A light in a cave

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To understand a wildflower, do we need to start underground, to feel the cool of the earth and imagine the path of a seed through its own kind of tunnel to meet the sun? 

There is a spot in Sunshine called ‘The Nooner’. Once it was a pub, I think, some kind of lunch spot for the miners. Today, all that is left to mark the spot where The Nooner once stood is the patch of champagne-coloured irises that once grew beside. Eleanor, the master gardener who has befriended me shows me some in her garden. She encourages me to dig some too. The ‘Sunshine Iris’ she calls them. These are Bearded Iris from southern Europe, brought across the ocean by immigrants. I have heard of women who smuggled sleeping bees into the country in their cleavage. The things we cannot leave behind. These are the legacy of the pioneers—along with stone walls on the hillside. There are many places in Sunshine that were once front porches, but all that is left is a patch of Iris. I think of them as Ghost Porches. Another piece that someday might be.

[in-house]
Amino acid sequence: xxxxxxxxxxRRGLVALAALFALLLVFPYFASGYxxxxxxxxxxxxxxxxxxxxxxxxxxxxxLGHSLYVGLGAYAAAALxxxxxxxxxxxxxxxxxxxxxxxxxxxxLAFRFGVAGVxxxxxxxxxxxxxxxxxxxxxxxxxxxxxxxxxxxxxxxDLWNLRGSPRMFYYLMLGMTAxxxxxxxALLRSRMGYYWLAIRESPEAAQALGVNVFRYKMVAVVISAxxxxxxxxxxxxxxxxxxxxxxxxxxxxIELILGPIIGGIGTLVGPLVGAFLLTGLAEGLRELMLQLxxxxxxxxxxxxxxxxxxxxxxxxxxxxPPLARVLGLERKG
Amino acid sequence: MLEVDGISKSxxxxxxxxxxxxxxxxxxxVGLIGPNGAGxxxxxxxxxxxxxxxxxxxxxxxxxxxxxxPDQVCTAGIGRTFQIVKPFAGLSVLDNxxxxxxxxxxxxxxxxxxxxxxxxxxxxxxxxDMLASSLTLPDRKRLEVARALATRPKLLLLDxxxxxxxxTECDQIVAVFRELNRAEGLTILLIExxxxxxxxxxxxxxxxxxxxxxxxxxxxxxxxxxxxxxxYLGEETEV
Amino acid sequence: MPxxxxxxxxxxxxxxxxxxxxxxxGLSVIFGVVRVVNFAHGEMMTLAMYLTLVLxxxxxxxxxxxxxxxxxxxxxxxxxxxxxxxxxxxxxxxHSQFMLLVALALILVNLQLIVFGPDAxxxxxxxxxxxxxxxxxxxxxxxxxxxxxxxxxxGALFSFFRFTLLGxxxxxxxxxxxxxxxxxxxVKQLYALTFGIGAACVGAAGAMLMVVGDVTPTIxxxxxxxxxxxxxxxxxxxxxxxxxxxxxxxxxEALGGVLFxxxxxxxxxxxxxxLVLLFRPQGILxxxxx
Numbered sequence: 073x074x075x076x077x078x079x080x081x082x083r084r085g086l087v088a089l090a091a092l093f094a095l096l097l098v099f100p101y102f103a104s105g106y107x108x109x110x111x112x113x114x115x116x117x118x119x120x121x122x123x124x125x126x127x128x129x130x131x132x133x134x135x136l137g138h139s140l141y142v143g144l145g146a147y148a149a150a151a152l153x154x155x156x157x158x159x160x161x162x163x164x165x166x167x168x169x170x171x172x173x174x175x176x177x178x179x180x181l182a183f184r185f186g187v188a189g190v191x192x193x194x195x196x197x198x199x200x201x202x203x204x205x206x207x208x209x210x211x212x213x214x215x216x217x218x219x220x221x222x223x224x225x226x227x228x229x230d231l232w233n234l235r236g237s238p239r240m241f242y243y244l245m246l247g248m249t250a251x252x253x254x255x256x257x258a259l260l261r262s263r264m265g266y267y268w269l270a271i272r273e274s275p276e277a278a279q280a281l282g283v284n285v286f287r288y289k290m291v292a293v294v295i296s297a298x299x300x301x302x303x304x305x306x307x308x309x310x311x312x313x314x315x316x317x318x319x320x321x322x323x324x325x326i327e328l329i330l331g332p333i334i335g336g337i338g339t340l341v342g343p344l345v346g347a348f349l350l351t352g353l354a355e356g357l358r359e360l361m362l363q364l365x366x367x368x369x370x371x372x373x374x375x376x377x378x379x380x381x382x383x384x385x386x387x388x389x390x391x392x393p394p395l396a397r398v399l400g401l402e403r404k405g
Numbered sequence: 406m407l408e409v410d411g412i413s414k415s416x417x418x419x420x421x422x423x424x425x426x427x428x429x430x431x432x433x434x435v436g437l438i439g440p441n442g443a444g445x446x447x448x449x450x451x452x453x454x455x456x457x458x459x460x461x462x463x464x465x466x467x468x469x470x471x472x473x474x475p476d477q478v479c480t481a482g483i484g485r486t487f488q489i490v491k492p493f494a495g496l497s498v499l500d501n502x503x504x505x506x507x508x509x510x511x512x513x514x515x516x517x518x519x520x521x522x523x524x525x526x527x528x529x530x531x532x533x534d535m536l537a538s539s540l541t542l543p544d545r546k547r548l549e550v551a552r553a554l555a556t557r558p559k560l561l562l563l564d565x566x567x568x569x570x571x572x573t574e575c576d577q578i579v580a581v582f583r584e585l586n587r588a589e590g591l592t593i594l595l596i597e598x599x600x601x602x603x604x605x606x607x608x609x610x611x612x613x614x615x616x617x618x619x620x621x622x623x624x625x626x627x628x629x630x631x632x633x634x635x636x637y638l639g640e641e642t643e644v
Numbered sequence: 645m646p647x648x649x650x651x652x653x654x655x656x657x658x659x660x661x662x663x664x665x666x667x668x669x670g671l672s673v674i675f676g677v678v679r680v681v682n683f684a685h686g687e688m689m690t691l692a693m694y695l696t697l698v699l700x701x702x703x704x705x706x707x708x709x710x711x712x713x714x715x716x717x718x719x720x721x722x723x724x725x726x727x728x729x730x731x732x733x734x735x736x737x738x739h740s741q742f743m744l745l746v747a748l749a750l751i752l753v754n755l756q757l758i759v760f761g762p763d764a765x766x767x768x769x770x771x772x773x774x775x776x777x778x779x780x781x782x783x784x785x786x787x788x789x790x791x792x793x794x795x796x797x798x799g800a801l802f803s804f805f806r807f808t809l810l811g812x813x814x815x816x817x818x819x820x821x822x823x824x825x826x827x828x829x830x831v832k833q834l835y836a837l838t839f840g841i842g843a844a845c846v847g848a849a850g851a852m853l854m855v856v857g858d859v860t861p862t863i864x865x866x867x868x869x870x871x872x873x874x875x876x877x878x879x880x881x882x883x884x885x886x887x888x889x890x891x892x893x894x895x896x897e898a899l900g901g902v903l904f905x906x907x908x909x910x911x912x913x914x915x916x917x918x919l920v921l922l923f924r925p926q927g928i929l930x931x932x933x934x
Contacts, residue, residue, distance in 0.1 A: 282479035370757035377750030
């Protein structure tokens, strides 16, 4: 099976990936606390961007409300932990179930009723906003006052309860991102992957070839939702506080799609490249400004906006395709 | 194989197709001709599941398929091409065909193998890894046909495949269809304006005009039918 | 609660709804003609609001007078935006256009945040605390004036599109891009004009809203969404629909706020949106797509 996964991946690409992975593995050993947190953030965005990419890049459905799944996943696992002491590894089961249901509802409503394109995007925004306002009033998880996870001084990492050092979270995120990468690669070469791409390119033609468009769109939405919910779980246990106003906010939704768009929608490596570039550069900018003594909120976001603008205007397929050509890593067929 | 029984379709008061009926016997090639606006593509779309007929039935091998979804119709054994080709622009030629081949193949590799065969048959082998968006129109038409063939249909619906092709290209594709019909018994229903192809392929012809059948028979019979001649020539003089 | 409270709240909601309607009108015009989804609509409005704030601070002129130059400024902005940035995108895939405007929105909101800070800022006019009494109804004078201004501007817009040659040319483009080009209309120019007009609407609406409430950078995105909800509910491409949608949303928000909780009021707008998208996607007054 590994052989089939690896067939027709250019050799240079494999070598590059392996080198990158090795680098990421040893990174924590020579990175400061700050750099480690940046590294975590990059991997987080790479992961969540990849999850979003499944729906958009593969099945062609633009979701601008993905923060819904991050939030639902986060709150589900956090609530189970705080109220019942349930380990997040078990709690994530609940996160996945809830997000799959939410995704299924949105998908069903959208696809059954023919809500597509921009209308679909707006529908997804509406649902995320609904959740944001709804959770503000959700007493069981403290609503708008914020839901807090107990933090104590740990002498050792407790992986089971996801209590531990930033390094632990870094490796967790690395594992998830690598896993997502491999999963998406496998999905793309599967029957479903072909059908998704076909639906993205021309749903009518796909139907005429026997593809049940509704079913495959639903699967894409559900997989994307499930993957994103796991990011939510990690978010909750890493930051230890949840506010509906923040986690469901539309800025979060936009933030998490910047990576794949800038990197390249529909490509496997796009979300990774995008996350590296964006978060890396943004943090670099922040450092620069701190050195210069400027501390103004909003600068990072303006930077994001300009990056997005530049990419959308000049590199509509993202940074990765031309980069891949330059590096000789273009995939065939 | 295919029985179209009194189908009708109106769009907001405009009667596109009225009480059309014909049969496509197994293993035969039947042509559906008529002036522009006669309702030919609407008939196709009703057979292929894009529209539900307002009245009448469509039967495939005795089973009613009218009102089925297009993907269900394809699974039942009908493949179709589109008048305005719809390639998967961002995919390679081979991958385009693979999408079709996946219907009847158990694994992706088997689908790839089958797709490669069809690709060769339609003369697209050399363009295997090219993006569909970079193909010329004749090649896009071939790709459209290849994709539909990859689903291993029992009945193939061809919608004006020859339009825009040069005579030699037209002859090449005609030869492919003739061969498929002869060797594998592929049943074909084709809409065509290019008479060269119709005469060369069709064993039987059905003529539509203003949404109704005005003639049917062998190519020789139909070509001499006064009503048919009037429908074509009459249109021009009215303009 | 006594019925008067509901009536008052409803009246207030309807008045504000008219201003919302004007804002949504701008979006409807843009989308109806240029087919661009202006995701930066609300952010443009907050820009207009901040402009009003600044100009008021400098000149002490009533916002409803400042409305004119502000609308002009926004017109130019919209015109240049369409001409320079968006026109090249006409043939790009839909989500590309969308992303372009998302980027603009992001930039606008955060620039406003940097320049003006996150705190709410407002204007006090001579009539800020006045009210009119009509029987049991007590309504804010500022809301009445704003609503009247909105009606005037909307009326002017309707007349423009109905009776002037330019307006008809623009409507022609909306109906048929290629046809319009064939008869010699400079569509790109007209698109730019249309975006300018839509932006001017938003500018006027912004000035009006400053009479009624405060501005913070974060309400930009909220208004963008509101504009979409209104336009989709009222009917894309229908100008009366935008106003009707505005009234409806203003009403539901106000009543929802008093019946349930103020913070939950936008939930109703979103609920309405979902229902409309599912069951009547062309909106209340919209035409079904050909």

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I walk by the old schoolhouse, where they are flying the flag of Sunshine under the American flag for the upcoming holiday. 

A flag pole with flags flying on it

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I think about a festival of Sunshine. All the pieces that could be made. There is a piece that starts here too, an old schoolhouse that turns inside out and dumps us again into the tangled grassy hillside to follow the deer.